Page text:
And the question I really wanted to ask one particular guy, a genius-level researcher, was something like this:
        "Dude, in my job as an English teacher here in Japan I meet some really smart people, and you are one of them. You are right up there at the top of the evolutionary tree. You are, by profession, a research scientist, and you are sincerely devoted to your life's work, which happens to be developing very serious drugs designed to help people with very serious cancers which very seriously kill them dead. If anyone on this planet knows the score on cancer, it's you. So my question, dude, it quite simply this: Why do you smoke?"
        He did smoke. I couldn't work it out. Didn't. Couldn't. Can't.
        In another of my Enoshima Pharma classes there was another oncology researcher who made everyone laugh, including me, when we were discussing the issue of smoking in public. He said, "I'm a smoker, but I hate people who smoke in public because their second-hand smoke is bad for my health." Everyone, including me, thought that was very funny indeed, and he saw the joke himself and joined our laughter.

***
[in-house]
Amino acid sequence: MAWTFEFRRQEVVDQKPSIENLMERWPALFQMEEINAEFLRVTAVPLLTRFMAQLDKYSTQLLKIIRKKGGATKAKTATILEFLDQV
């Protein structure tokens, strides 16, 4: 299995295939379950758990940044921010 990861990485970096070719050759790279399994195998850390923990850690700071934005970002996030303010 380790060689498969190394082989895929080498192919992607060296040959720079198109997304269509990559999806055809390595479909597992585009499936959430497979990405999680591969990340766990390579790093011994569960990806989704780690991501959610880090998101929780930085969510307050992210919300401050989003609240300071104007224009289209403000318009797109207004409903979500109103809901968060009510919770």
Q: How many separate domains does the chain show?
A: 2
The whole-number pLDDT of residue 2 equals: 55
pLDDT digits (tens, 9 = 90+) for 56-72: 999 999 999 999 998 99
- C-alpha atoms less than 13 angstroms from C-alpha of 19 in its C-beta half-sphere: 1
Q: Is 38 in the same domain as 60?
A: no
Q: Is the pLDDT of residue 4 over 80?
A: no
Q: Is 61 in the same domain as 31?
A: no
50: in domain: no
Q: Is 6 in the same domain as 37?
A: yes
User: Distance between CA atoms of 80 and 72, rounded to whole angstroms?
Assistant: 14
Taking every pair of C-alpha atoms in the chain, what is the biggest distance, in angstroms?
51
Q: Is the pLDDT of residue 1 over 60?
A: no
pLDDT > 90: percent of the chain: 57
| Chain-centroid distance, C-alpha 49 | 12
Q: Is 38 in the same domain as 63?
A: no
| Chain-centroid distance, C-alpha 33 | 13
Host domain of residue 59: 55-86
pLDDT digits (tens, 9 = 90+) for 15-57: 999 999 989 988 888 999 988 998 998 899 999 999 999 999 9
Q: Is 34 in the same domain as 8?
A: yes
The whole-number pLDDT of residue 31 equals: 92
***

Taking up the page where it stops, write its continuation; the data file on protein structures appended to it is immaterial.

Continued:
Through 2003-2004, then, and especially in 2004, when my cancer worries were out in the open (it had been suggested to me that maybe my weight loss problem and eyesight problems pointed to cancer) I was teaching a number of classes at Enoshima Pharma, and, for the same client, I was trying to produce workable communicative English lessons out of the company's heavyweight technical documents about drugs, including cancer drugs (a doable task, but there were times when I'd sit at my desk for as much as two hours, thinking, "Yes, but how?")